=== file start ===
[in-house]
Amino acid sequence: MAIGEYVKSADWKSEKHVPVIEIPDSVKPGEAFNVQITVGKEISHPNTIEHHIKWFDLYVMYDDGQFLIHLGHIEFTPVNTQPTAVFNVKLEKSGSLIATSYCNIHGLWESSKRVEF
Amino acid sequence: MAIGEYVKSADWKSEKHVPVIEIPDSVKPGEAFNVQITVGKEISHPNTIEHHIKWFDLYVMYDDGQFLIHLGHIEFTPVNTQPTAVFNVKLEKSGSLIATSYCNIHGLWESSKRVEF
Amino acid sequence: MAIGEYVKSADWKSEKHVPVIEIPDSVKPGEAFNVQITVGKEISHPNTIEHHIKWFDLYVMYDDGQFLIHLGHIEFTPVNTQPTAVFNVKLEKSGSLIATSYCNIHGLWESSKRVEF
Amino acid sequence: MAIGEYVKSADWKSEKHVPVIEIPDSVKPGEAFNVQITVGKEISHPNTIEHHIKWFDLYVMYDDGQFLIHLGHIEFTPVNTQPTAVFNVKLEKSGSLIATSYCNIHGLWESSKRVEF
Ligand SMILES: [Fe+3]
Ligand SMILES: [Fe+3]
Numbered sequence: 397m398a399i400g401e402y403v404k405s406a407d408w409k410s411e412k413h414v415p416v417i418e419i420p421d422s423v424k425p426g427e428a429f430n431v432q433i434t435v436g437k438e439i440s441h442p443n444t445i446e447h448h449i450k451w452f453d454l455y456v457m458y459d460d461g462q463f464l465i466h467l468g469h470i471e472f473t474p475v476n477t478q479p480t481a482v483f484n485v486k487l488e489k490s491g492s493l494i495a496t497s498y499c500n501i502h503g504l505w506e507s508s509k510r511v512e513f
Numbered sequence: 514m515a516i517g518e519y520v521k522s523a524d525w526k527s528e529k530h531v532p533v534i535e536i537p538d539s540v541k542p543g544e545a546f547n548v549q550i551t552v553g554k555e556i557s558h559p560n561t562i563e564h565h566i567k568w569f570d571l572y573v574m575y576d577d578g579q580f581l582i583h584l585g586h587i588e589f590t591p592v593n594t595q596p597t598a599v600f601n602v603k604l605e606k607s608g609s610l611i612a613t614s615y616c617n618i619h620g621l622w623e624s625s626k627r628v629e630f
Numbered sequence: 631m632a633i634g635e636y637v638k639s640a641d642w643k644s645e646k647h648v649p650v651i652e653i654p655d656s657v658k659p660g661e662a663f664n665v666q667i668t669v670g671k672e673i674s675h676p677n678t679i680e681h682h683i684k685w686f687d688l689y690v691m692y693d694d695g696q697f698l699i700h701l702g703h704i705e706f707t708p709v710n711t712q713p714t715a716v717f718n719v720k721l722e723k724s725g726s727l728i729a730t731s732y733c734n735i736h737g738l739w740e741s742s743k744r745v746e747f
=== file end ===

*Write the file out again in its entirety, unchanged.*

[in-house]
Amino acid sequence: MAIGEYVKSADWKSEKHVPVIEIPDSVKPGEAFNVQITVGKEISHPNTIEHHIKWFDLYVMYDDGQFLIHLGHIEFTPVNTQPTAVFNVKLEKSGSLIATSYCNIHGLWESSKRVEF
Amino acid sequence: MAIGEYVKSADWKSEKHVPVIEIPDSVKPGEAFNVQITVGKEISHPNTIEHHIKWFDLYVMYDDGQFLIHLGHIEFTPVNTQPTAVFNVKLEKSGSLIATSYCNIHGLWESSKRVEF
Amino acid sequence: MAIGEYVKSADWKSEKHVPVIEIPDSVKPGEAFNVQITVGKEISHPNTIEHHIKWFDLYVMYDDGQFLIHLGHIEFTPVNTQPTAVFNVKLEKSGSLIATSYCNIHGLWESSKRVEF
Amino acid sequence: MAIGEYVKSADWKSEKHVPVIEIPDSVKPGEAFNVQITVGKEISHPNTIEHHIKWFDLYVMYDDGQFLIHLGHIEFTPVNTQPTAVFNVKLEKSGSLIATSYCNIHGLWESSKRVEF
Ligand SMILES: [Fe+3]
Ligand SMILES: [Fe+3]
Numbered sequence: 397m398a399i400g401e402y403v404k405s406a407d408w409k410s411e412k413h414v415p416v417i418e419i420p421d422s423v424k425p426g427e428a429f430n431v432q433i434t435v436g437k438e439i440s441h442p443n444t445i446e447h448h449i450k451w452f453d454l455y456v457m458y459d460d461g462q463f464l465i466h467l468g469h470i471e472f473t474p475v476n477t478q479p480t481a482v483f484n485v486k487l488e489k490s491g492s493l494i495a496t497s498y499c500n501i502h503g504l505w506e507s508s509k510r511v512e513f
Numbered sequence: 514m515a516i517g518e519y520v521k522s523a524d525w526k527s528e529k530h531v532p533v534i535e536i537p538d539s540v541k542p543g544e545a546f547n548v549q550i551t552v553g554k555e556i557s558h559p560n561t562i563e564h565h566i567k568w569f570d571l572y573v574m575y576d577d578g579q580f581l582i583h584l585g586h587i588e589f590t591p592v593n594t595q596p597t598a599v600f601n602v603k604l605e606k607s608g609s610l611i612a613t614s615y616c617n618i619h620g621l622w623e624s625s626k627r628v629e630f
Numbered sequence: 631m632a633i634g635e636y637v638k639s640a641d642w643k644s645e646k647h648v649p650v651i652e653i654p655d656s657v658k659p660g661e662a663f664n665v666q667i668t669v670g671k672e673i674s675h676p677n678t679i680e681h682h683i684k685w686f687d688l689y690v691m692y693d694d695g696q697f698l699i700h701l702g703h704i705e706f707t708p709v710n711t712q713p714t715a716v717f718n719v720k721l722e723k724s725g726s727l728i729a730t731s732y733c734n735i736h737g738l739w740e741s742s743k744r745v746e747f